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Walzer's 'Just And Unust Wars'

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Kevin Kearney

March 23, 2003

History 220

Walzer, Michael. Just and Unjust Wars: A Moral Argument with Historical Illustrations. New York: BasicBooks, 1992. 368 pp.

Michael Walzer first wrote Just and Unjust Wars: A Moral Argument with

Historical Illustrations in the years following the Vietnam War, and unfortunately its

premise on morality in war will always remain as relevant as it was then as it is now, with

conflict between states forever existing. Michael Walzer is one of the most prominent

social critics in North America and in this book, he explores two main concepts, the

justice of war and the justice in war in a great depth, and uses numerous historical

references to support his claims. It is a very well configured piece, written in such a way

of persuasion that your personal view on morality in war may ultimately change after

delving into thoughts for several hundred pages.

To an overwhelming majority of people, the words 'war' and 'morality' have

seemingly opposing meanings, however in the preface to his book, Walzer points out that

"whether or not its specific terminology is adapted, just-war theory has always played a

part in official argument about war" (Walzer XI). He proceeds to discuss in a greater

detail the ways that war has been perceived and how this impacts the topics of war and

morality, and in doing so, he provides an intelligently structured and persuasive argument

that can be viewed within a moral context. He addresses this topic both from the view of

the role of the state and also from the perspective of how the decision to fight impacts the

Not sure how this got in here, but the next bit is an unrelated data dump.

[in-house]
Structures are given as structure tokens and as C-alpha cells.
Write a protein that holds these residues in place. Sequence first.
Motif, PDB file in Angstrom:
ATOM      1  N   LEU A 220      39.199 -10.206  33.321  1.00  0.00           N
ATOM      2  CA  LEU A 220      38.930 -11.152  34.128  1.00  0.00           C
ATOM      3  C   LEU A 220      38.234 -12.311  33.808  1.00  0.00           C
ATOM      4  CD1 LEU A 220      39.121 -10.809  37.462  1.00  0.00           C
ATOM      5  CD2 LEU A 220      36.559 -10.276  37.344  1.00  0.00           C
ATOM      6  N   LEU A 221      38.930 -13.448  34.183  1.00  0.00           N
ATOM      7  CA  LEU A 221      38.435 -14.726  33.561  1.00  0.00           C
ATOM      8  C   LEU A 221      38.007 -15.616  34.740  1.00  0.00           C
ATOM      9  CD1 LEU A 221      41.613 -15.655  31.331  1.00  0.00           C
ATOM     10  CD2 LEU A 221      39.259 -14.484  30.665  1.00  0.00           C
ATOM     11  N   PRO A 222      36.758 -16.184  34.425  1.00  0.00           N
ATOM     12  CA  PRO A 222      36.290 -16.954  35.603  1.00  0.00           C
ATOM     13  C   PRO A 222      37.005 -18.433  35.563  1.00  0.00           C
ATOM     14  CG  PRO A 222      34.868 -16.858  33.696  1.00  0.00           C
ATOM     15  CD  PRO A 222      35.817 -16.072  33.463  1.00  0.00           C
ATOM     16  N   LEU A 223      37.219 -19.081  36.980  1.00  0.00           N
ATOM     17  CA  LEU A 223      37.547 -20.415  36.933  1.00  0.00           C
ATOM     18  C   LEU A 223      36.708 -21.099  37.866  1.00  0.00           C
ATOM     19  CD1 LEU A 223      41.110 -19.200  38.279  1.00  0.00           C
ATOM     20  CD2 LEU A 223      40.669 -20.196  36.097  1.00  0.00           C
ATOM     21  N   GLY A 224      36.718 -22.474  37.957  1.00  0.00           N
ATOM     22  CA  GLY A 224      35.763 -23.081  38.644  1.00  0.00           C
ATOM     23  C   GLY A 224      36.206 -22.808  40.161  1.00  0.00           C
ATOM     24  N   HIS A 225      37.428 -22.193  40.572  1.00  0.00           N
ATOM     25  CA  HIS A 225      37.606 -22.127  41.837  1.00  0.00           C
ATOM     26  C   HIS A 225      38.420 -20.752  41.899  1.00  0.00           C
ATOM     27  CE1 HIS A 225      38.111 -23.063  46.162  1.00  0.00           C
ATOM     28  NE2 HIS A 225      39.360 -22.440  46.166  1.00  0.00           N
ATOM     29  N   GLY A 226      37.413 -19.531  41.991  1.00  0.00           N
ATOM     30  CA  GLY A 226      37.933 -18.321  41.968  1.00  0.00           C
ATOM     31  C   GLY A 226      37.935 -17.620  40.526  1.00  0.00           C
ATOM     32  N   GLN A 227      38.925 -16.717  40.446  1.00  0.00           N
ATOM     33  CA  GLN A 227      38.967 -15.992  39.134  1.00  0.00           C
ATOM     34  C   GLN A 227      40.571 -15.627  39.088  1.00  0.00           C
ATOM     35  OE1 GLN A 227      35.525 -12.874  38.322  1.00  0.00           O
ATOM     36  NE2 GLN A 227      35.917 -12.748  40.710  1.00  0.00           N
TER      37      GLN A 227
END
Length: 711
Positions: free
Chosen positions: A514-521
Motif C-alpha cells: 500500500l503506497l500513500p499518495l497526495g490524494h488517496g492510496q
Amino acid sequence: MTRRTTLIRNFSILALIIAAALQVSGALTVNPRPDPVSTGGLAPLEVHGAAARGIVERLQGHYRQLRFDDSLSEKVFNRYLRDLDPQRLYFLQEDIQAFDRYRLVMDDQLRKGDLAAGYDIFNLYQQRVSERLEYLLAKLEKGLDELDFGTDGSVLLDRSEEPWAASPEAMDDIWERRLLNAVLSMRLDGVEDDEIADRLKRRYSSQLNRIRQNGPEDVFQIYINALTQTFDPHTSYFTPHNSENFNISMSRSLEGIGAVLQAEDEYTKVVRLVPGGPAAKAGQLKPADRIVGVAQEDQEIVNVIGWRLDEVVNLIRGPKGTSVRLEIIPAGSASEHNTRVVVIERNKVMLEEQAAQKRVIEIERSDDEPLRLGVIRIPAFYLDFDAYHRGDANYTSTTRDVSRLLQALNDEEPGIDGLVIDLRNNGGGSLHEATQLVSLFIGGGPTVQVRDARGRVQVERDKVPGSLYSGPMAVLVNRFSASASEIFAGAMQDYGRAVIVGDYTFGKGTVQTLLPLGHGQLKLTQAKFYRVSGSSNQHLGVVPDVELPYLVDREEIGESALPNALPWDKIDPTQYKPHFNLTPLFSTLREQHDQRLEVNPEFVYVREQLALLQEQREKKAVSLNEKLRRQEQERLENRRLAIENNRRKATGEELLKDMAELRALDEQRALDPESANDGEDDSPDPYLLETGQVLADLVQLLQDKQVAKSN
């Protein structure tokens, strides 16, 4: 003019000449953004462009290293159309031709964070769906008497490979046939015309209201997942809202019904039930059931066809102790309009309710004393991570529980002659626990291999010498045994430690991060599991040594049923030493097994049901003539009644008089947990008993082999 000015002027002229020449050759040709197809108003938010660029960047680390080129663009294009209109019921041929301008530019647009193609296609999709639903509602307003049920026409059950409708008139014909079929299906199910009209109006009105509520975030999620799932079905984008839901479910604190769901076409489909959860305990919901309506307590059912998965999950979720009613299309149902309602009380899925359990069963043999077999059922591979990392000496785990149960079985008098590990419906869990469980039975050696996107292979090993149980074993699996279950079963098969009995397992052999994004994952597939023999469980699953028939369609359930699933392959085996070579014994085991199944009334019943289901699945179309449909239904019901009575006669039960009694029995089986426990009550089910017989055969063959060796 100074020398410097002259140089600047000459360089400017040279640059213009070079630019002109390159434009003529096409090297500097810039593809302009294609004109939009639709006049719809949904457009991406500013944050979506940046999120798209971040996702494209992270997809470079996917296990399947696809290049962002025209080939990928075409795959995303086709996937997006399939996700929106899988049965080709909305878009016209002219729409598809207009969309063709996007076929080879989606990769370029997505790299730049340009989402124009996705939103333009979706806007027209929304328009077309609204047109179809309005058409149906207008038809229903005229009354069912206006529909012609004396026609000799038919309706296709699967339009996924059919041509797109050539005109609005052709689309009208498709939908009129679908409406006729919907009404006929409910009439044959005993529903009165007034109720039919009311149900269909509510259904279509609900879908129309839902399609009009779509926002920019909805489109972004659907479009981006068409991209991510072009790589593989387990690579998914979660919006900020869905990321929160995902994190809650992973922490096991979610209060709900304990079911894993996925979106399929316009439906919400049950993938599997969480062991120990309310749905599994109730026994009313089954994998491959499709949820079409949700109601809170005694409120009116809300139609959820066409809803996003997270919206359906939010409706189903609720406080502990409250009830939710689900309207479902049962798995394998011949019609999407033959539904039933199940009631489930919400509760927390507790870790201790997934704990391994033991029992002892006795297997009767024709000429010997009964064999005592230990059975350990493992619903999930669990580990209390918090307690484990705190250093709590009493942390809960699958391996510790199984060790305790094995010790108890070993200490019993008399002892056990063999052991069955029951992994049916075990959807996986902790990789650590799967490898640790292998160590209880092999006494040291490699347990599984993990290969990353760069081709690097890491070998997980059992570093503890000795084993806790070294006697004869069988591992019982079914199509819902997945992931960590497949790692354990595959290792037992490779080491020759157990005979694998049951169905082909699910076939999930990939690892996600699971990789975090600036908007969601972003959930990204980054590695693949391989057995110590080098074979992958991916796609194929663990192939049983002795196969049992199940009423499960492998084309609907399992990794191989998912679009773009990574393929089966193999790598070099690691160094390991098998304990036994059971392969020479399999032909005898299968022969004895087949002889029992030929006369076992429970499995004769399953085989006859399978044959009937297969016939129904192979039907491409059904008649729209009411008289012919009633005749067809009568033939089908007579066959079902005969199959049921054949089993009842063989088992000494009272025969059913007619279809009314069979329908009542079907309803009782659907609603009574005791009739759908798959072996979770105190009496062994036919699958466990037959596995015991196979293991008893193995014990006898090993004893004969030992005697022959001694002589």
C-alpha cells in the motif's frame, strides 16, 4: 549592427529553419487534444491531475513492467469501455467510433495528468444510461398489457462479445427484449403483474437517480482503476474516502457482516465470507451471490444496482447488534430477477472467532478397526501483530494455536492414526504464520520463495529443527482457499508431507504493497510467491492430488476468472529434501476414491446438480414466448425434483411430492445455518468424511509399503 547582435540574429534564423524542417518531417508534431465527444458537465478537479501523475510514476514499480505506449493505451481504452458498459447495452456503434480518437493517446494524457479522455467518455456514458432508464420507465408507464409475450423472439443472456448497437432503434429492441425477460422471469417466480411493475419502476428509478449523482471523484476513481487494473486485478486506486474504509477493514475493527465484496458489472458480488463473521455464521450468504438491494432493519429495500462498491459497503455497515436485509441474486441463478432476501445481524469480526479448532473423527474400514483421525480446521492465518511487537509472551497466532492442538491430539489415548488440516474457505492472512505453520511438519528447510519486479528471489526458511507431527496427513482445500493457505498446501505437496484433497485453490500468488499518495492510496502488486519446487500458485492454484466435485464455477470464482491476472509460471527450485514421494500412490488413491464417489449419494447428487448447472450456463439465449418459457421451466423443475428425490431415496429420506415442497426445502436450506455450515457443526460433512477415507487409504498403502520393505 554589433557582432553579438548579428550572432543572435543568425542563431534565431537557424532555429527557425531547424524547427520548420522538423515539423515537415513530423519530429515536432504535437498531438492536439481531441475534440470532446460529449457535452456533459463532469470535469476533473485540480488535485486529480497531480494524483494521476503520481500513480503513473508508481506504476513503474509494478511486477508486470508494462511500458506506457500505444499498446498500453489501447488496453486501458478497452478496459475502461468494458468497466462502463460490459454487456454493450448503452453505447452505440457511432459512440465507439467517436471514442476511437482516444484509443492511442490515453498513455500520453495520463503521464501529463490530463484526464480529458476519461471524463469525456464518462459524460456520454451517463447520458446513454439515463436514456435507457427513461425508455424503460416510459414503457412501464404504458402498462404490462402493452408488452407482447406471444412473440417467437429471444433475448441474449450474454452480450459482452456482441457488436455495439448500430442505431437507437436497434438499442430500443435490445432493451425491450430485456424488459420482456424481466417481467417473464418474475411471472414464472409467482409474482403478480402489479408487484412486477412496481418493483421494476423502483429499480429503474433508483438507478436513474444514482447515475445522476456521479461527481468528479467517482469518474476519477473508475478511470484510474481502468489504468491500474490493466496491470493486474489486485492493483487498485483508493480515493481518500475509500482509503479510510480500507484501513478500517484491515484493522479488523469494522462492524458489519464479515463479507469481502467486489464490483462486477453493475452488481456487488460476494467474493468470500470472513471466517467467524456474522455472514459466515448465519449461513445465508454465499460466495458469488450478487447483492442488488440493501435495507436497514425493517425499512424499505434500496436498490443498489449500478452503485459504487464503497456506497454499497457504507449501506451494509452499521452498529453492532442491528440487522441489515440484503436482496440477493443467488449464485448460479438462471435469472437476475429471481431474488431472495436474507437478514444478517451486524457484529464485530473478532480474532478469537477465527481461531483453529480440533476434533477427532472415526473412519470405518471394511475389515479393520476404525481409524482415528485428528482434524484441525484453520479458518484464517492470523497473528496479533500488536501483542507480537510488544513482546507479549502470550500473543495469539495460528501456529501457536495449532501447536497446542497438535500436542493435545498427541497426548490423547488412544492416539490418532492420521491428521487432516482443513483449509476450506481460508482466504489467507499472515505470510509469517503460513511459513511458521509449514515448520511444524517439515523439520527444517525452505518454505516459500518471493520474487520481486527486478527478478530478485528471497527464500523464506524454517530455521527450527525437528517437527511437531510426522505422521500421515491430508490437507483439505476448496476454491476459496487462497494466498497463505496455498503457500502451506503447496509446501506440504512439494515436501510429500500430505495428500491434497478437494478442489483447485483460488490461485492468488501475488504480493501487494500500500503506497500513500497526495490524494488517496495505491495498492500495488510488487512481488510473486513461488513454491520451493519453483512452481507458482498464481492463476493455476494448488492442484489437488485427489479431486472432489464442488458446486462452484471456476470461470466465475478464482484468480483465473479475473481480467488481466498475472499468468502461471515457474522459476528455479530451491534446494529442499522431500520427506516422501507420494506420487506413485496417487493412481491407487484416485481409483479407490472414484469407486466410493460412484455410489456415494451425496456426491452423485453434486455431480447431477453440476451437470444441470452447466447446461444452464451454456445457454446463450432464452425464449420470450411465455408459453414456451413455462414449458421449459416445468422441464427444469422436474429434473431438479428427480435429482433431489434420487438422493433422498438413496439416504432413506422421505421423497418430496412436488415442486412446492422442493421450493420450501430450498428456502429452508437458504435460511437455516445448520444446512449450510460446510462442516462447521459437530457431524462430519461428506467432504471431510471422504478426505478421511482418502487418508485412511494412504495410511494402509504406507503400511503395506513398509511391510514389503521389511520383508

individual.

Walzer takes the position that an individual should fight only for private and

personal reasons rather then from nationalistic feelings because he feels that it is crucial

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that this decision should be freely chosen and that it constitutes one of the crucial

requirements for a 'just' war. Walzer defines a 'just war' as a 'limited war,' and that just

wars are governed by a set of rules, designed to prevent, as much as possible, "the use of

violence and coercion against non-combatant populations" (Walzer XVII); On the other

hand, a limited war attempts to establish the way things were prior to the aggression

taking place. Aside from extreme cases, just wars do not have legitimate reasons for

reaching beyond this goal, including the replacing of the aggressor's regime or altering its

politics. Accomplishing these goals would require a prolonged task for the aggressor

nation and an extreme constraint of its civilian population, overthrowing its sovereignty

which is exactly what is condemned by his aggression discussion. In a 'just' war the

combat is between combatants only. A perfect example of this occurred in the Gulf War;

The pilots in the Gulf War had specific orders to support this requirement, becaused if

they were unable to get a clear shot on their assigned targets, they were instructed to

return with their bombs and missiles intact.

Walzer also addresses the rules of war as applied to soldiers on foot involved in

battle. Walzer's central principle on warfare is that soldiers on both sides of battle have

the equal right to kill. Under this central principle are two groups of restrictions; The first

group of these pertains to when and how soldiers can kill, and the second details whom

they can kill. An observer cannot decipher between war and murder without such

limitations. Walzer stays primarily concerned with the second group of restrictions.

Traditionally, these protected groups have included people who are not actively engaged

in the act of war (i.e. women, children, priests etc.), simplistically expressed by Walzer as

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"They can try to kill me, and I can try to kill them. But it is wrong to cut the throats of

their wounded or to shoot them down when they are trying to surrender" (Walzer 38).

War is generally thought of as a business of the state, however it can be

considered a matter of personal volition if men choose to join an army and participate in a

war. Catholic writers, for example, have argued that Catholics should not volunteer for

military service if the war is known to be unjust. In contrast, Walzer argues that an

individual soldier can make moral decisions within the context of war, using the

Nazi General, Erwin Rommel, to

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